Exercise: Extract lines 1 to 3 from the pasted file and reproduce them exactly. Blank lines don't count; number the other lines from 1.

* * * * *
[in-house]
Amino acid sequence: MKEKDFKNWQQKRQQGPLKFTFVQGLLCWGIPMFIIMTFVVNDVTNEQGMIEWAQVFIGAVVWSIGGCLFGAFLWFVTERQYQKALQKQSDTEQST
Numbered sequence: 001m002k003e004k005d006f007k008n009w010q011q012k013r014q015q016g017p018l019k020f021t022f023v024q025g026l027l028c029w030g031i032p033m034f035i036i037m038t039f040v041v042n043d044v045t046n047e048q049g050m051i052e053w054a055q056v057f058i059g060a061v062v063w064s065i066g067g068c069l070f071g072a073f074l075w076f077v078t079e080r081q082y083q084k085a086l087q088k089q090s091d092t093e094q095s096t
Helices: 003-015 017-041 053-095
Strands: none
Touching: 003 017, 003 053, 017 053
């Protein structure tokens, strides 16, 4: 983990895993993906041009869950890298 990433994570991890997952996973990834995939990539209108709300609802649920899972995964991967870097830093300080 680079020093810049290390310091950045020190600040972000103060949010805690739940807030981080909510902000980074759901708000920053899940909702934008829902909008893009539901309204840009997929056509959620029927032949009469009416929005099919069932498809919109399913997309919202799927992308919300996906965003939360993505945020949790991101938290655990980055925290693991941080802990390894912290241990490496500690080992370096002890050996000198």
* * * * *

[in-house]
Amino acid sequence: MKEKDFKNWQQKRQQGPLKFTFVQGLLCWGIPMFIIMTFVVNDVTNEQGMIEWAQVFIGAVVWSIGGCLFGAFLWFVTERQYQKALQKQSDTEQST
Numbered sequence: 001m002k003e004k005d006f007k008n009w010q011q012k013r014q015q016g017p018l019k020f021t022f023v024q025g026l027l028c029w030g031i032p033m034f035i036i037m038t039f040v041v042n043d044v045t046n047e048q049g050m051i052e053w054a055q056v057f058i059g060a061v062v063w064s065i066g067g068c069l070f071g072a073f074l075w076f077v078t079e080r081q082y083q084k085a086l087q088k089q090s091d092t093e094q095s096t